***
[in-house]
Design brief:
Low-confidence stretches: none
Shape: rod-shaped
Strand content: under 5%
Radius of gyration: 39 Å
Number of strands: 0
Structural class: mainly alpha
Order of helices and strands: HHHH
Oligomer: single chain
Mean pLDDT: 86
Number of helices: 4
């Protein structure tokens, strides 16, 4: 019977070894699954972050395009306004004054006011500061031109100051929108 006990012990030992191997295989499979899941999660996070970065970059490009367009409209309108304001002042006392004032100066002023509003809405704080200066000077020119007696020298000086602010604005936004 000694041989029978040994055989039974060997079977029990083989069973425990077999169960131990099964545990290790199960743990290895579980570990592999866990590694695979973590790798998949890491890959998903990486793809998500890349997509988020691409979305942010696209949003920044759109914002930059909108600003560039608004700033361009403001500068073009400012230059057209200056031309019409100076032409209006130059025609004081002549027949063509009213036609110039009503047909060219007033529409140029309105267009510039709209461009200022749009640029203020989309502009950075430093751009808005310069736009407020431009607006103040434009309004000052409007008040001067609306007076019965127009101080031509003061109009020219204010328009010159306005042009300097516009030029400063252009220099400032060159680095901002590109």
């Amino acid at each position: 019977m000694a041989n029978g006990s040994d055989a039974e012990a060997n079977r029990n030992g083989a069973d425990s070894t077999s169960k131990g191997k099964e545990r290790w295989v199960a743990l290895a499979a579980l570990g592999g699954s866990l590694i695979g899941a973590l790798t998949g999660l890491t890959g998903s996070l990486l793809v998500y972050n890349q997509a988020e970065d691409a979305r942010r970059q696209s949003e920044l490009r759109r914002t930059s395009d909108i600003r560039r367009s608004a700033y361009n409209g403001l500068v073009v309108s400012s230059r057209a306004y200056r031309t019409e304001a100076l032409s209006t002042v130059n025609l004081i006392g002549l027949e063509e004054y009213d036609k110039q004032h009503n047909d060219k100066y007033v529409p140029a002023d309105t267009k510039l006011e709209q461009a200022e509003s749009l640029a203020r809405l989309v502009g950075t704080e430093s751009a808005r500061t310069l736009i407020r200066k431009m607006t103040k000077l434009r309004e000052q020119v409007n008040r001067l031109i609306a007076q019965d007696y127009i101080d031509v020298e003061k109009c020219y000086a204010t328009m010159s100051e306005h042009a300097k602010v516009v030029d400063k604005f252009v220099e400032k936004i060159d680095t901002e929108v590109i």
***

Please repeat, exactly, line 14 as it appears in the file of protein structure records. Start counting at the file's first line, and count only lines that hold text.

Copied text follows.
């Amino acid at each position: 019977m000694a041989n029978g006990s040994d055989a039974e012990a060997n079977r029990n030992g083989a069973d425990s070894t077999s169960k131990g191997k099964e545990r290790w295989v199960a743990l290895a499979a579980l570990g592999g699954s866990l590694i695979g899941a973590l790798t998949g999660l890491t890959g998903s996070l990486l793809v998500y972050n890349q997509a988020e970065d691409a979305r942010r970059q696209s949003e920044l490009r759109r914002t930059s395009d909108i600003r560039r367009s608004a700033y361009n409209g403001l500068v073009v309108s400012s230059r057209a306004y200056r031309t019409e304001a100076l032409s209006t002042v130059n025609l004081i006392g002549l027949e063509e004054y009213d036609k110039q004032h009503n047909d060219k100066y007033v529409p140029a002023d309105t267009k510039l006011e709209q461009a200022e509003s749009l640029a203020r809405l989309v502009g950075t704080e430093s751009a808005r500061t310069l736009i407020r200066k431009m607006t103040k000077l434009r309004e000052q020119v409007n008040r001067l031109i609306a007076q019965d007696y127009i101080d031509v020298e003061k109009c020219y000086a204010t328009m010159s100051e306005h042009a300097k602010v516009v030029d400063k604005f252009v220099e400032k936004i060159d680095t901002e929108v590109i």